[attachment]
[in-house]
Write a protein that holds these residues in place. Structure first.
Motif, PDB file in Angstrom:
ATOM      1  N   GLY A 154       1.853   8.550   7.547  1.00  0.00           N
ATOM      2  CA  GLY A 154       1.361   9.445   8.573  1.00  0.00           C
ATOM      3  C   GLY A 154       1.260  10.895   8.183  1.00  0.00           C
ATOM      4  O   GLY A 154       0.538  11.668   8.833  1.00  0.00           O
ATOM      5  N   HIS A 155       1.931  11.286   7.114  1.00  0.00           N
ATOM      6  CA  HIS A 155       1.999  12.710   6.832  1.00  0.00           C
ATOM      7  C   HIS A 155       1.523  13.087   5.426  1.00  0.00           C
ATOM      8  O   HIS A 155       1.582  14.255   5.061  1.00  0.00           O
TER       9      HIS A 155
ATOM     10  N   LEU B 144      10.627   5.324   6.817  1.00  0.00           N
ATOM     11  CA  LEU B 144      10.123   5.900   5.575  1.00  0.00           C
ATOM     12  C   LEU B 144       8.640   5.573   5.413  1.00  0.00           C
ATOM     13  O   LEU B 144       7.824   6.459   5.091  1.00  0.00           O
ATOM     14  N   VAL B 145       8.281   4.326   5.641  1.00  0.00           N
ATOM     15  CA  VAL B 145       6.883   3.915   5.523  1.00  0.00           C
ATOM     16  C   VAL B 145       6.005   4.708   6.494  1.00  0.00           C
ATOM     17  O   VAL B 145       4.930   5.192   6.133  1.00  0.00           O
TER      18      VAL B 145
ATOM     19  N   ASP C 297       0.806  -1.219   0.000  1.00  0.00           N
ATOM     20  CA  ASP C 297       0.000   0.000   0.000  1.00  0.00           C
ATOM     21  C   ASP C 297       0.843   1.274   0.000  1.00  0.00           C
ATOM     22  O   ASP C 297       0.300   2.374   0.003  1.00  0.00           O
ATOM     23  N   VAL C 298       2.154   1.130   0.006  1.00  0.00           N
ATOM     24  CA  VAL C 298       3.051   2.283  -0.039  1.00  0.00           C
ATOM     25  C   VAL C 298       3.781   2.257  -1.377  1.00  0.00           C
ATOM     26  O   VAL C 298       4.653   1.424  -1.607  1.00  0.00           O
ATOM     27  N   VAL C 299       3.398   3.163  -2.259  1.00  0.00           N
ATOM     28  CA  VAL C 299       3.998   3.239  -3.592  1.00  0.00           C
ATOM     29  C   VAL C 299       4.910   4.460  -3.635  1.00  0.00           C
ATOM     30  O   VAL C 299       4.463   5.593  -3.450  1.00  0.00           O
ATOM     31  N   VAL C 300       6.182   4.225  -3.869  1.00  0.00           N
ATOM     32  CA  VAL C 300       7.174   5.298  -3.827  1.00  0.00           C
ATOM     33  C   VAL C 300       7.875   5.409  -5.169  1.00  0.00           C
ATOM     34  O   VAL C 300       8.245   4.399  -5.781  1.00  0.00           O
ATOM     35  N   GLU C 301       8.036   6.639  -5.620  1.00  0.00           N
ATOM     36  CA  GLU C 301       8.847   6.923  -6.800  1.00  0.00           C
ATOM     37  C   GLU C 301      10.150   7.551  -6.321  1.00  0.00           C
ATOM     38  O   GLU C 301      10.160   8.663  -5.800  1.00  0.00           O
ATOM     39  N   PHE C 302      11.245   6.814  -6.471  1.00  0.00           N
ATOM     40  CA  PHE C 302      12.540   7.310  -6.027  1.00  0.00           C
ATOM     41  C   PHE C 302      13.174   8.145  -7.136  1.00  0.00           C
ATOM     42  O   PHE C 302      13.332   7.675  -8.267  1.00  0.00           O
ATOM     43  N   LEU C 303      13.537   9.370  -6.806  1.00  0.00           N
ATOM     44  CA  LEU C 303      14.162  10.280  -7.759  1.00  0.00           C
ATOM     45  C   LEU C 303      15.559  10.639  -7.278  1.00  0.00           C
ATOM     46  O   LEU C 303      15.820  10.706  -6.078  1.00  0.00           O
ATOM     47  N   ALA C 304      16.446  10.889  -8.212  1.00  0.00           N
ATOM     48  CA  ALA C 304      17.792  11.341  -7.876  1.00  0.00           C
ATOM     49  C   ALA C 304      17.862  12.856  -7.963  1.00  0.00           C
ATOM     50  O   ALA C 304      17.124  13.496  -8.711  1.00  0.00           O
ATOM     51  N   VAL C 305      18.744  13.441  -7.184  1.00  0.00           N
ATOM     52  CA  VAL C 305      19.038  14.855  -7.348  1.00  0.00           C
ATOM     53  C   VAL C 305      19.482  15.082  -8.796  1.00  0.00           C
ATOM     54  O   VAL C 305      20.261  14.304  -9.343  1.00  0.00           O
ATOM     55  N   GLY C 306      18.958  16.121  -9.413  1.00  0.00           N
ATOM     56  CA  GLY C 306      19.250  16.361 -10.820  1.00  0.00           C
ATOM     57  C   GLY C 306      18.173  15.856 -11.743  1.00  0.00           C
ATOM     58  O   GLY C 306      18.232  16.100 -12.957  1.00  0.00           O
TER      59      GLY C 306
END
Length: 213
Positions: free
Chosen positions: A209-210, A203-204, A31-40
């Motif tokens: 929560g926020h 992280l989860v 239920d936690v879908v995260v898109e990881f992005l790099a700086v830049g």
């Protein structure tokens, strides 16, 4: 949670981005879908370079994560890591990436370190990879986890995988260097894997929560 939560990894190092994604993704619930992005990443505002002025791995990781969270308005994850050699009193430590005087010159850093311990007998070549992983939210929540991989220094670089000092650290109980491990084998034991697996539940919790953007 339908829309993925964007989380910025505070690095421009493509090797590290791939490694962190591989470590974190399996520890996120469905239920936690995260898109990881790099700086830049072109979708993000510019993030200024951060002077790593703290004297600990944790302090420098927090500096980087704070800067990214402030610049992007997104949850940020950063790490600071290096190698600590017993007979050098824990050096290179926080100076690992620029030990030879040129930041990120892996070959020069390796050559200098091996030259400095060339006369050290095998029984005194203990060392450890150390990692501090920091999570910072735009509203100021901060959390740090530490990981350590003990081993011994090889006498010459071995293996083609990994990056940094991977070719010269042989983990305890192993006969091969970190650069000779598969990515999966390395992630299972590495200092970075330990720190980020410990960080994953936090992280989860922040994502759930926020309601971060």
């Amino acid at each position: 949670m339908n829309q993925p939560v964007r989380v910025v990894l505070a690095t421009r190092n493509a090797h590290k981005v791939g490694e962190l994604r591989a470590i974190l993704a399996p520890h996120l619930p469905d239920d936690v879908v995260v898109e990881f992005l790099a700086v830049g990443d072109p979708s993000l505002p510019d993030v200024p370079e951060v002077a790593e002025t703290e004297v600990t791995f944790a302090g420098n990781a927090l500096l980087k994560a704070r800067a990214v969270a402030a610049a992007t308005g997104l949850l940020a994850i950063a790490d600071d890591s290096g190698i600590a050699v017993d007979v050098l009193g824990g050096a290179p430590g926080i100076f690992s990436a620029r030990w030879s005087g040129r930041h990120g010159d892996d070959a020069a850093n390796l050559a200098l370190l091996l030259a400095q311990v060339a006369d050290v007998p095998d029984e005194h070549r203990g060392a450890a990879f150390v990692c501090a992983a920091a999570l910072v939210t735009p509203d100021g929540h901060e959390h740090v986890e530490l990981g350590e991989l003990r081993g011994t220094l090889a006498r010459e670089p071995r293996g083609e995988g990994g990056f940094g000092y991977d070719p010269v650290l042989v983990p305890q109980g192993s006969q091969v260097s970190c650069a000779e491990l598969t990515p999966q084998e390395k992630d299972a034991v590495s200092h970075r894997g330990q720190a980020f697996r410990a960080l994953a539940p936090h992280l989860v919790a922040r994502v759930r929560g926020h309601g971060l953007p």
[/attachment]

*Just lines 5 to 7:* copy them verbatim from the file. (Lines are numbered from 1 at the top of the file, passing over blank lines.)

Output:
ATOM      2  CA  GLY A 154       1.361   9.445   8.573  1.00  0.00           C
ATOM      3  C   GLY A 154       1.260  10.895   8.183  1.00  0.00           C
ATOM      4  O   GLY A 154       0.538  11.668   8.833  1.00  0.00           O